My room contained a bed, 30 or 40 Penguin books stacked on the floor, my duffel bag and suitcase, and a single light bulb of clear glass hanging on a black wire at the exact center of the room. Three strides and I was at the door.
Duncan Hannah is in his element with "Poems and Poets," his recent show at Turtle Point Press in the luxurious, Gothic Revival Woolworth Building on lower Broadway in Manhattan. The artist has long had close ties to the New York literary world, contributing to the Paris Review, taking part in the Poetry Project at St. Markís Church, collaborating with writers Michael Friedman and Max Blagg, and making numerous paintings for the covers of books by William Boyd, John Banville and other artists. The diminutive "gallery" is actually the office of Jonathon Rabinowitz, the charming director of Turtle Point, a small publishing firm.
Hannahís work conjures up a sense of intellectual and bohemian New York of the previous midcentury (think of Gotham Book Mart with a tweedy Left Bank vibe). The show consisted of paintings on paper of fictitious Penguin book covers of classic design --Collected Poems by Dylan Thomas, Life Studies by Robert Lowell, The Lost World by Randall Jarrell -- hung on the wall above casual stacks of books published by Turtle Point (whose authors include Lawrence Durrell and James Schuyler). Also on display were Hannahís portrait drawings in pencil of authors, including a pensive Joe Brainard and Eileen Myles writing, dressed as a schoolboy.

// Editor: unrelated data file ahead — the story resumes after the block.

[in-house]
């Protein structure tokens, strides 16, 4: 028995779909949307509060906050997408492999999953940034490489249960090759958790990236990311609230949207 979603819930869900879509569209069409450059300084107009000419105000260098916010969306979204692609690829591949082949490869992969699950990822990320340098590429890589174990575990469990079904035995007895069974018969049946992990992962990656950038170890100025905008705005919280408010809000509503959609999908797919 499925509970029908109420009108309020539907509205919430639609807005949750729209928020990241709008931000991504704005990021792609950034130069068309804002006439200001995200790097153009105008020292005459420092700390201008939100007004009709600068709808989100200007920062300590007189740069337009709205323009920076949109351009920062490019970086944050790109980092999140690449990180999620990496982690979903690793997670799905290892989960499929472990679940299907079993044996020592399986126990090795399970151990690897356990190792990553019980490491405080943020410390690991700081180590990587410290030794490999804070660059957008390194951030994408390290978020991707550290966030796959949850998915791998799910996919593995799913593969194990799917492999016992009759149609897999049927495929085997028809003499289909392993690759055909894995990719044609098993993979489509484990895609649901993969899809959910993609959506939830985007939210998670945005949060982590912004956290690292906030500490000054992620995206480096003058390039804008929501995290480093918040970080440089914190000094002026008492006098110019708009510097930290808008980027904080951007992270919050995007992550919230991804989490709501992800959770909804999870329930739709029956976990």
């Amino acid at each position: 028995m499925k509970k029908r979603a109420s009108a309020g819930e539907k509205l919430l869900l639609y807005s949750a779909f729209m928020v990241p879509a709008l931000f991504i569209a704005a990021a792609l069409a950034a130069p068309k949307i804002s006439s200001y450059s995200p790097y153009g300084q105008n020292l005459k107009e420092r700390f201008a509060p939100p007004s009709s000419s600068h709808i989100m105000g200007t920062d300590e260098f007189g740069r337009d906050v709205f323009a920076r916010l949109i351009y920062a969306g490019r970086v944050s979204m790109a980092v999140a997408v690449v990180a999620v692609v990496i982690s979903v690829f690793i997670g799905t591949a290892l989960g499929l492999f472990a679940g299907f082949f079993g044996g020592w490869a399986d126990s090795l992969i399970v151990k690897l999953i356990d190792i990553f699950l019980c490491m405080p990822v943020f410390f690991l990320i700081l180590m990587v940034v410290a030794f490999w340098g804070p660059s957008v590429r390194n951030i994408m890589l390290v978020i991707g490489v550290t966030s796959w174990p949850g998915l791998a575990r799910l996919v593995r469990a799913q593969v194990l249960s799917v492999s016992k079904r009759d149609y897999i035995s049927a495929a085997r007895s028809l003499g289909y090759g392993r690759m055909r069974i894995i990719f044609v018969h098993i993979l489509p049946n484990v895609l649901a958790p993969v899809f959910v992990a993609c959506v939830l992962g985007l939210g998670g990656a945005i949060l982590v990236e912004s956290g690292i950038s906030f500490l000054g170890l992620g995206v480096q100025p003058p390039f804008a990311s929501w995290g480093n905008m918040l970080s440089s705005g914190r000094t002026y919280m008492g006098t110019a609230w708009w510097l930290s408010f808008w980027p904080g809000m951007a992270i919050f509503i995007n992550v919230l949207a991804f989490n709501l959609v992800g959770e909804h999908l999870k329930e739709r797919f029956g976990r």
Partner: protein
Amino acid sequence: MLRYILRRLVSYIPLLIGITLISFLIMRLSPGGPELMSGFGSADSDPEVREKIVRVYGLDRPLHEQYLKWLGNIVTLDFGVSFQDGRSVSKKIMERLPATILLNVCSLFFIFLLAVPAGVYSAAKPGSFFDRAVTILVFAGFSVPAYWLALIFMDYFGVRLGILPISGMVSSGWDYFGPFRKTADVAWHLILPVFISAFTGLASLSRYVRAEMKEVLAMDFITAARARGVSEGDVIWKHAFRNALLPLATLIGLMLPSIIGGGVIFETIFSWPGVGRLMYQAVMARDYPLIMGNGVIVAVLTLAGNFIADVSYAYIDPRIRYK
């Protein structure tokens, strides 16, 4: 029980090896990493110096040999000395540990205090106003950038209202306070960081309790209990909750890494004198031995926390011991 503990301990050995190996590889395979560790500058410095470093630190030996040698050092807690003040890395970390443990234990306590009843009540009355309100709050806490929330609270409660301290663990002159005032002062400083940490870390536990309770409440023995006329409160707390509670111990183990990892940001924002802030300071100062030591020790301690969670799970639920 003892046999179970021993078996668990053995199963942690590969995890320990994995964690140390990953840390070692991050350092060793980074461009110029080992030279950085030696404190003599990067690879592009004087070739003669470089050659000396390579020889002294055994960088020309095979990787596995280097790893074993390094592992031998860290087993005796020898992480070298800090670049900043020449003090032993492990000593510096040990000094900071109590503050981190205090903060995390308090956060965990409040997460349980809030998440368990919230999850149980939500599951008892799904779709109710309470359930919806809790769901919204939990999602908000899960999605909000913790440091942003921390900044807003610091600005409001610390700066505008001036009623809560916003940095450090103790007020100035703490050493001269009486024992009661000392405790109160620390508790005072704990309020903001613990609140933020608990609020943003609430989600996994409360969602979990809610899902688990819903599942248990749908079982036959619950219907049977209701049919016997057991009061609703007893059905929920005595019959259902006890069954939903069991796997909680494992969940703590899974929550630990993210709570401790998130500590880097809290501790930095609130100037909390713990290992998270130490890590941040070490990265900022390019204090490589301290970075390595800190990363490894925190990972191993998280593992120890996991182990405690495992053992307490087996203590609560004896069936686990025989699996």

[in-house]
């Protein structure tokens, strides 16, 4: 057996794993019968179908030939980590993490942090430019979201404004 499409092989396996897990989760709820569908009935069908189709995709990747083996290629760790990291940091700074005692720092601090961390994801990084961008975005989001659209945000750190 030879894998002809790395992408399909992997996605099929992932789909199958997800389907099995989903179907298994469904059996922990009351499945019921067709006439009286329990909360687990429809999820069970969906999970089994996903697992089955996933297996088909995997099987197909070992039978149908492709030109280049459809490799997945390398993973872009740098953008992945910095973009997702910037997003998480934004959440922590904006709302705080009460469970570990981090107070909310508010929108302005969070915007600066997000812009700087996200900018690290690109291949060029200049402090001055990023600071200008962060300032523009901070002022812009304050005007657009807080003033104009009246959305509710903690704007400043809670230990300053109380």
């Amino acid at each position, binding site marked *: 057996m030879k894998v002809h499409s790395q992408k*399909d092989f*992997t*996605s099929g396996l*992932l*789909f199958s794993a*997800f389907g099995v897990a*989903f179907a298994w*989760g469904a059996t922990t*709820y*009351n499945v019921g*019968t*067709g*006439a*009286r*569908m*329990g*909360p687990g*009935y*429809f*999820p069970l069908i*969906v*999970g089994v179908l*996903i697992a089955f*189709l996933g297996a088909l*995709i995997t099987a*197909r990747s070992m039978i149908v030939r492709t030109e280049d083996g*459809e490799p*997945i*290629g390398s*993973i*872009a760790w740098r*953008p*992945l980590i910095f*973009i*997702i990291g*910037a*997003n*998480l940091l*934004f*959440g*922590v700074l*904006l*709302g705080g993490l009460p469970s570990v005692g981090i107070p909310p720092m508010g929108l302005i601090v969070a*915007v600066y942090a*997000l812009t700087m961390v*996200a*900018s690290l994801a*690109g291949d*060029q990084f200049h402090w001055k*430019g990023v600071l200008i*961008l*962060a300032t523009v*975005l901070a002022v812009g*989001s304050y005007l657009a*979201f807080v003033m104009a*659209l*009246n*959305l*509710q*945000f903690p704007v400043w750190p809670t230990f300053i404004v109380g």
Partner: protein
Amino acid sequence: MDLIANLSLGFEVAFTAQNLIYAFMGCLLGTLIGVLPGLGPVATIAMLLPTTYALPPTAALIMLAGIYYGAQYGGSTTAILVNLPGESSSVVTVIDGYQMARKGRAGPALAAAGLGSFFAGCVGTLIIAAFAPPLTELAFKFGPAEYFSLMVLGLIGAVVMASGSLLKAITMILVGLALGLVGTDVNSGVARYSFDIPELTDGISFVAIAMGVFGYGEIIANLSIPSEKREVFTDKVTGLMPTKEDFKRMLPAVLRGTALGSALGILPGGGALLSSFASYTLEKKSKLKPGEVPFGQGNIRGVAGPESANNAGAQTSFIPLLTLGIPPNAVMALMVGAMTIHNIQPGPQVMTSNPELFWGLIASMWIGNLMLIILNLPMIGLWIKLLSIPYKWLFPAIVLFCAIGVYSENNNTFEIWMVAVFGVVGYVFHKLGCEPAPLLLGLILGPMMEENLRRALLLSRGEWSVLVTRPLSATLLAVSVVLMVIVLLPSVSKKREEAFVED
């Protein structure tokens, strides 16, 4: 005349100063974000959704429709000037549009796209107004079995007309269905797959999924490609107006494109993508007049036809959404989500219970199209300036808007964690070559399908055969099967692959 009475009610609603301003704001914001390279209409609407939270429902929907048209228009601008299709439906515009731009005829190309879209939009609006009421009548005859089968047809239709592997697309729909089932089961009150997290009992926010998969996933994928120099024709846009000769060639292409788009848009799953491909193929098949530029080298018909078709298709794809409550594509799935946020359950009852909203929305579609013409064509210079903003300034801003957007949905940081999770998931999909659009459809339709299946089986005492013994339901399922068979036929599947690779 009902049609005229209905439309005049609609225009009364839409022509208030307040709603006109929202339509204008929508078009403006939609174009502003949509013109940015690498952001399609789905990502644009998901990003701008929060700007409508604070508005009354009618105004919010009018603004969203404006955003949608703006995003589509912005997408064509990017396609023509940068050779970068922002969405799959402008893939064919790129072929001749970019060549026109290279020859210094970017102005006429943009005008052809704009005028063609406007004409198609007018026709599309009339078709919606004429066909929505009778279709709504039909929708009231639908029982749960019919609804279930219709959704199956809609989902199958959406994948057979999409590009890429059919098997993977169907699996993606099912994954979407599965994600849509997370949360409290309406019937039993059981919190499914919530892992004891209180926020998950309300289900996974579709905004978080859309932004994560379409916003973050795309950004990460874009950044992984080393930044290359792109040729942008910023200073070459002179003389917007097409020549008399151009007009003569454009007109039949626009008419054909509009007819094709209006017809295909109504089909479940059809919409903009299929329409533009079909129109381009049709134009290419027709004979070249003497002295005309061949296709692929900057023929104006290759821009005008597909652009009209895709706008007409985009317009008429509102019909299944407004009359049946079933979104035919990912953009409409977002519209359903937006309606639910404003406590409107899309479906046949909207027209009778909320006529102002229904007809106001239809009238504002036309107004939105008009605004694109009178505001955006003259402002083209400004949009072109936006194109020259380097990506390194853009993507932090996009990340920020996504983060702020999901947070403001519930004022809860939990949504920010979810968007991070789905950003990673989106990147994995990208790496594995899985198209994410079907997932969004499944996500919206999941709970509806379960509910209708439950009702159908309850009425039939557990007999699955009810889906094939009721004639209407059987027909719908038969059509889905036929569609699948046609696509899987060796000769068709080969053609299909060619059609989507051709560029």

The paintings are executed in faded tones of peach and rose, permeated by a golden ground color that simulates the foxing of aged paper. It is an appropriate coincidence that the walls of the office are painted a soft pink, an ideal background for Hannahís work -- the exhibition would not have had the same warmth and intimacy on white Chelsea walls. The ephemera of the publisherís office further enhances the installation, and even adds to a kind of portrait of the artist himself. The exhibition further hints at a solution to an art world smacked down by the bleak financial winter: casual displays of artworks in unofficial settings, a situation that brings art back into everyday life as it also conveys the devotion of a genuine eccentric.
For Hannahís works cherish their subjects. Whether it is a tender homage to the tragic (Ernest Dowson, Harry Crosby) or a celebration of the odd (Ray Johnson), itís as if he is saying, "These are some of the people who made me who I am." Much has been made recently about this sort of hero worship in the work of Elizabeth Peyton, but Hannah has been doing it much longer (his Kerouac portrait is from 1979), and doing it better.
The drawings are accomplished in a deft, yet deadpan hand not unlike that associated with the drawings and prints of Andy Warhol. Indeed, the Penguin cover is Hannahís Campbellís soup can, iconic and expressively useful (the two designs share a simple formal resemblance, with their graphic bands of red and white). Drawings are $600, and paintings on paper are $1,600.
Duncan Hannah, Jan. 7-Feb. 6, 2009, at Turtle Point Press, 233 Broadway, Room 946, New York, N.Y. 10279†††
JEFF JOYCE is a painter who exhibits with Winston Wachter Fine Art in New York.